Daniel Sloss: SOCiO.

Gorilla Records: Daniel Sloss’ ‘SOCiO’ All But Proves He’s Not A Sociopath

In his fifth release, Daniel Sloss explores the line between being a sociopath or a moron in his exploration of identity. Above the arrangement of material, which moves from valuing human life to love, family and sociopathy, Sloss’s pacing is the essential glue of the 60 minutes that makes the act shine so brightly. Even and deliberate, nothing is rushed, and every opportunity is taken to place the audience in an ambiguous, tense middle ground where Sloss unpacks beliefs we culturally share, and considers our inherent virtue. Sloss has come a long way from his breakout Conan set, where his decade-younger self was more wry and playful, relishingly edgy. Instead, SOCiO finds the now 28-year-old Sloss powerfully understated and never rushing a beat or missing a moment, with the comedy and brilliance of it shining brighter for it. 

Daniel Sloss: SOCiO.
Daniel Sloss: SOCiO.

Daniel Sloss hates pulp

Early on, Sloss latches onto the idea of violent killers and the surprise of everyone around them. Sloss offers up that he’d like the news reports to be more along the lines of  “This just in, one of the men who was murdered was frequently seen by his neighbors purchasing orange juice that had pulp in it…Good.”

He continues to rail against juice with pulp, asking “who chews juice,” which features as a focal point of the masterpiece denouement at the end.

Sloss failed a test in Reader’s Digest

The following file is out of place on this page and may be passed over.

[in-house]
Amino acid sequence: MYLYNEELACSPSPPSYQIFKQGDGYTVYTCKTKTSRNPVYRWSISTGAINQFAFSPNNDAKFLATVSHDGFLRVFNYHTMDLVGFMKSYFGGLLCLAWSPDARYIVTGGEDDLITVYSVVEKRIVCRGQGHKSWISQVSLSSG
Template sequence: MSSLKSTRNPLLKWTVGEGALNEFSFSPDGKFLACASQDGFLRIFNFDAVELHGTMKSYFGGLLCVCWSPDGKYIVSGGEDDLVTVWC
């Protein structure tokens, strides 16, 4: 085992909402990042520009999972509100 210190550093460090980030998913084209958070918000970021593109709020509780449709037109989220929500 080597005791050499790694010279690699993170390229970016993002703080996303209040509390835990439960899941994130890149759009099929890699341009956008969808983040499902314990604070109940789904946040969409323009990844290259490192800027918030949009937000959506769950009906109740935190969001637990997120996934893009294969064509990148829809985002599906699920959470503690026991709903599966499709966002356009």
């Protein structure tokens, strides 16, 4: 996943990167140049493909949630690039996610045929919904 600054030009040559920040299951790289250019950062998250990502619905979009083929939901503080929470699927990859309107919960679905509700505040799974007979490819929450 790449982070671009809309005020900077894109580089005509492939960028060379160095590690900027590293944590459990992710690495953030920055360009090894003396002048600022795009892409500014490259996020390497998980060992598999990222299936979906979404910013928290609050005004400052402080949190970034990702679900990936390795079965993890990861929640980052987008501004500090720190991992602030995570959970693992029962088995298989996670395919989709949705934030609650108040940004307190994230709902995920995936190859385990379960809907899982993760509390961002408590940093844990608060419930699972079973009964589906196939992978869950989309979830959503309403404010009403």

After a bit that will appeal to all list writers about how no one could love and value all human life, Sloss gets to the heart of his comedy special, and it’s as important what he brings up as what he doesn’t. In discussing sociopathy, details are crucial, but in a comedy discussion of it, details may get in the way of truthiness (the lies told in an act to bend comedy around). A master of the sleight-of-hand punchline, Sloss takes a swing, and opts to focus on the ambiguity of the diagnosis and the degree of the condition. His way in, of course, is to start with the sociopathy of his family per a fake test in Reader’s Digest.

The answer is obvious for logical thinkers, not so much for the emotional ones. Remember back in the early 1990s when people didn't have instant access to online search engines, and therefore weren’t supposed to understand that the test was horseshit? When his grandmother tests the family with the conundrum, she is relieved when Sloss’s father doesn’t get the answer, but has her mind blown when an eight-year-old Daniel does. From there, bits on emotional thinkers, nickel and dime politics, and first world problems build to the bits’ final clever joke “Just because bad things happen other places doesn’t mean I don’t get to have a concept of sadness, man. That’s not how perspective works. Otherwise, I could just walk around kicking people in the balls, and then holding a picture of 9/11, being like, ‘huh, huh. Could be worse.’”

Sloss toys with ambiguity right to the end

However, sociopathy and its nature return towards the final stretch of the show, with

Sloss positing that sociopaths are made, and yet… he clearly wonders if he is one. After all, he says, sociopaths tend not to know they’re sociopaths, and often hide in plain sight. He invites his audience to decide,  positing the case for his being a sociopath, suggesting that perhaps he became a master manipulator via stand-up. He builds the tension and the laughs to a thunderous crescendo, painting a vivid, verbal description of what might happen after he inevitably snaps.

In a brilliant, suspenseful hour of comedy, Sloss proves himself to be one to watch again and again, sociopath or not. 

Daniel Sloss: SOCiO.
Daniel Sloss: SOCiO.

Stream Daniel Sloss' comedy album SOCiO available everywhere you listen to comedy!

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